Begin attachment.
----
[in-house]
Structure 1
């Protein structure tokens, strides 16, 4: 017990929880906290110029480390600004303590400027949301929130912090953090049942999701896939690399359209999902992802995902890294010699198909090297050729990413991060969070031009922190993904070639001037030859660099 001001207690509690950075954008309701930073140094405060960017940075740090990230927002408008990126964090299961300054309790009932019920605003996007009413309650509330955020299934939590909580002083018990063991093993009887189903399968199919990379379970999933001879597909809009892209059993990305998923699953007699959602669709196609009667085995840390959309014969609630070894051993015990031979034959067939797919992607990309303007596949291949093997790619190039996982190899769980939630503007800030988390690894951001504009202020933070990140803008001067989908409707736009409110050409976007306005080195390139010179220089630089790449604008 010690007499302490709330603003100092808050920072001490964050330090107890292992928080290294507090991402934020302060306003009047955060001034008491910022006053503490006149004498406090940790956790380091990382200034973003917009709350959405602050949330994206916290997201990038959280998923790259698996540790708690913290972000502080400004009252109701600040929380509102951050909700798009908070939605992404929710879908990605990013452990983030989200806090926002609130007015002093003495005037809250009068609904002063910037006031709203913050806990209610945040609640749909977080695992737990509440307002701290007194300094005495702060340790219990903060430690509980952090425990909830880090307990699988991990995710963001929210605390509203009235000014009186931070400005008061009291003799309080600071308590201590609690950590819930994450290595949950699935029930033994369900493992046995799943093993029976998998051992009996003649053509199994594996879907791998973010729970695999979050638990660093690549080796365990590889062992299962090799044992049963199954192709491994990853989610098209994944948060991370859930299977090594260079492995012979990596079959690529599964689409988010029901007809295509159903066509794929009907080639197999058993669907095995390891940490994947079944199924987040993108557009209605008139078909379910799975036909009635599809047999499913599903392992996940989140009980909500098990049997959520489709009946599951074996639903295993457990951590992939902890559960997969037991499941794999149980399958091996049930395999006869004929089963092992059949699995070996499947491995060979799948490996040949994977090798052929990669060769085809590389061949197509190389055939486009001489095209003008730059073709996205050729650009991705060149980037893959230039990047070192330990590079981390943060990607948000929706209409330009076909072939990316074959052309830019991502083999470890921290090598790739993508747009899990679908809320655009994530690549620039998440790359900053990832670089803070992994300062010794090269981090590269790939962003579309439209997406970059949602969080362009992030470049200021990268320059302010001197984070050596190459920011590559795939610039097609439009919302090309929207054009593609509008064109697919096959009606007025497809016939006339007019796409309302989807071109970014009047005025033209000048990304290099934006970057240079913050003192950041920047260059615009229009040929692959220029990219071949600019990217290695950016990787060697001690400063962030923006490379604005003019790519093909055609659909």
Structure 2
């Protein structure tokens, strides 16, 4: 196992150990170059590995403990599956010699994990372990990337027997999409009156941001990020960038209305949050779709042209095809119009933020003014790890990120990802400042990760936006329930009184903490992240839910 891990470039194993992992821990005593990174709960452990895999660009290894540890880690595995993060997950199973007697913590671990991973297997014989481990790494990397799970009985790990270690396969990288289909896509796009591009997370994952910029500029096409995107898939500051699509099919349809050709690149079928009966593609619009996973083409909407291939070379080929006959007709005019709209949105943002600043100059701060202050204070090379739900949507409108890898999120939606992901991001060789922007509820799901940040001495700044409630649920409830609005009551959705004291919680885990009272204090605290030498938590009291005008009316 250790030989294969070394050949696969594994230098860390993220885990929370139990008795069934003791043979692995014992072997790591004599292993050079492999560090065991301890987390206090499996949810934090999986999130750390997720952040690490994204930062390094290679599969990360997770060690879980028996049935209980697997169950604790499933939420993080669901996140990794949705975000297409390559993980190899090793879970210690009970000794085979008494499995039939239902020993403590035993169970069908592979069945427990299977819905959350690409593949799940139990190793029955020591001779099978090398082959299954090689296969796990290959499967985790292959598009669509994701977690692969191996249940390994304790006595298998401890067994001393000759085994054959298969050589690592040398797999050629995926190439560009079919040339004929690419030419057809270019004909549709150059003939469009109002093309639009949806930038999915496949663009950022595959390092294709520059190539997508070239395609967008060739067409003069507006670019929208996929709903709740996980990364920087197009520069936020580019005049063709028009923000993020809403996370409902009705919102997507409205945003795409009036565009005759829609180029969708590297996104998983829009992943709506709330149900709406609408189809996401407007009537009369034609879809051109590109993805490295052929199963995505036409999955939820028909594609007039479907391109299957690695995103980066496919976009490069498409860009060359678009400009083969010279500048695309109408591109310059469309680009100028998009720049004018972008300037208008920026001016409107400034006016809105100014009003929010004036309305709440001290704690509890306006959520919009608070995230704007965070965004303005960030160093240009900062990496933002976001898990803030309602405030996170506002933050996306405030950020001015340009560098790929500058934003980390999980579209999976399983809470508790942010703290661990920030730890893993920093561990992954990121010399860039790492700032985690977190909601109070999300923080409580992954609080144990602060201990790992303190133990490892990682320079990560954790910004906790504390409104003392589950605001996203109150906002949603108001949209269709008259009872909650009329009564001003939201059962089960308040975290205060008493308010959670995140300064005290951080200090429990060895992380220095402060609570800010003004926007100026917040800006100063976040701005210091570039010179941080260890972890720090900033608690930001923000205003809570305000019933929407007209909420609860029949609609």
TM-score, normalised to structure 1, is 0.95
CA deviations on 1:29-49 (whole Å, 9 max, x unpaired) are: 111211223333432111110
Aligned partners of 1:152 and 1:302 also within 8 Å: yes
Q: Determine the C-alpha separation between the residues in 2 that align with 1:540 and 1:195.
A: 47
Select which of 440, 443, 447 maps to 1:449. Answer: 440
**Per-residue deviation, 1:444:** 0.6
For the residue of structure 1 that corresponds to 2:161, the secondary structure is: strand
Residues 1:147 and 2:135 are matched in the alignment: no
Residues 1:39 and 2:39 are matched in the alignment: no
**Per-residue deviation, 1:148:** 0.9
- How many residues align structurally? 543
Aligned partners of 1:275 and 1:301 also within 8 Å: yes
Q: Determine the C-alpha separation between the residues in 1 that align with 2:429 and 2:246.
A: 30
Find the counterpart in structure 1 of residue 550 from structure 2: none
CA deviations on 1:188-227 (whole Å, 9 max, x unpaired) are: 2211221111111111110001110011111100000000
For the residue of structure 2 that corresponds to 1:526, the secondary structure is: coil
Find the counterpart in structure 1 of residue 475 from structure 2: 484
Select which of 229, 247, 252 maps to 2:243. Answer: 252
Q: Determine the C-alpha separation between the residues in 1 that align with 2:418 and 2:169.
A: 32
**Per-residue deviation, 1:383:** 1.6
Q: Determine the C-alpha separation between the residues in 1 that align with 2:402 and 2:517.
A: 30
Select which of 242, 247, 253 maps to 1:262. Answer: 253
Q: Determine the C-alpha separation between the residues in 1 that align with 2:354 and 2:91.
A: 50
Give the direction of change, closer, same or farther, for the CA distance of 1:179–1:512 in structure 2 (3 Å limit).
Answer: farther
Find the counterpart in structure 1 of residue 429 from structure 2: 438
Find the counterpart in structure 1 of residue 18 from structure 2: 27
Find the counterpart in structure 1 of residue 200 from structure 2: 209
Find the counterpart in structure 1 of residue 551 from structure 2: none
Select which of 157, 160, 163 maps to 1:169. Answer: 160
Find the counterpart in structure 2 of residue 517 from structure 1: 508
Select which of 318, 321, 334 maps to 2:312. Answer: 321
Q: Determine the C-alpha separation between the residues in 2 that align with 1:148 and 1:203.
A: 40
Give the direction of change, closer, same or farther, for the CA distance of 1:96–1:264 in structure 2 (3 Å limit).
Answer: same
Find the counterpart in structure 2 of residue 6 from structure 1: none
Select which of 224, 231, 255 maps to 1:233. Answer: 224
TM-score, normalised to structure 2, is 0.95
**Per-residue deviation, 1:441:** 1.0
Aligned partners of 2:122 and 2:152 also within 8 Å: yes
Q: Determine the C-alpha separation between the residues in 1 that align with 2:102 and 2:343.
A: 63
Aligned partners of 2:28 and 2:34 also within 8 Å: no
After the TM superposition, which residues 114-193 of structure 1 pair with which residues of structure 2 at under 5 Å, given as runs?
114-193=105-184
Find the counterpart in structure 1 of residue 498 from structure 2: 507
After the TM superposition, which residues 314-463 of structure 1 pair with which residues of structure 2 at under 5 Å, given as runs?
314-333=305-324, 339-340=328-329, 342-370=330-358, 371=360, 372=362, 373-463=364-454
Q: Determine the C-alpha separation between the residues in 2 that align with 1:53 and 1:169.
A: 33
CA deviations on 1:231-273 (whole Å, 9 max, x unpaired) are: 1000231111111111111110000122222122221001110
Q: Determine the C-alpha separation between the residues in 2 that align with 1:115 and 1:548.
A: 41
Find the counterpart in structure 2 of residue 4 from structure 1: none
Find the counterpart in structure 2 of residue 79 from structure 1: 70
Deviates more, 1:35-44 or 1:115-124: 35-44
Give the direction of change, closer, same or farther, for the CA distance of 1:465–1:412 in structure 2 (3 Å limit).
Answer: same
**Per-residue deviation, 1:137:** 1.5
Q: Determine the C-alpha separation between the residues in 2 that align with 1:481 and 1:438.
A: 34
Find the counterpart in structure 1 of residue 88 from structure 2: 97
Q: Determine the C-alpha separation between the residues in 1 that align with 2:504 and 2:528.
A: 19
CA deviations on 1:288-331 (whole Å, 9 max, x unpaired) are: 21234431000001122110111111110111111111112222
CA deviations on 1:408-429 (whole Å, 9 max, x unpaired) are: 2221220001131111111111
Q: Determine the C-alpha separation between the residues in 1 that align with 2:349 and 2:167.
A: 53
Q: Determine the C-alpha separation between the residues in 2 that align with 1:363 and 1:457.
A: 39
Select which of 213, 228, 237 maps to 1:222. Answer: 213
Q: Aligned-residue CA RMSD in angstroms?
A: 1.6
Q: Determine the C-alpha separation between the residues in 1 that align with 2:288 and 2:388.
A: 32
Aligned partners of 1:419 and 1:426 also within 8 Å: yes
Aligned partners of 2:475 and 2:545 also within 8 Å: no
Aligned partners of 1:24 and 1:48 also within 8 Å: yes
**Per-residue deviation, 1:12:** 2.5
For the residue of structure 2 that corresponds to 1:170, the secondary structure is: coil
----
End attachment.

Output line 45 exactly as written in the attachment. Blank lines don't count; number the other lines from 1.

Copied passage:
Give the direction of change, closer, same or farther, for the CA distance of 1:96–1:264 in structure 2 (3 Å limit).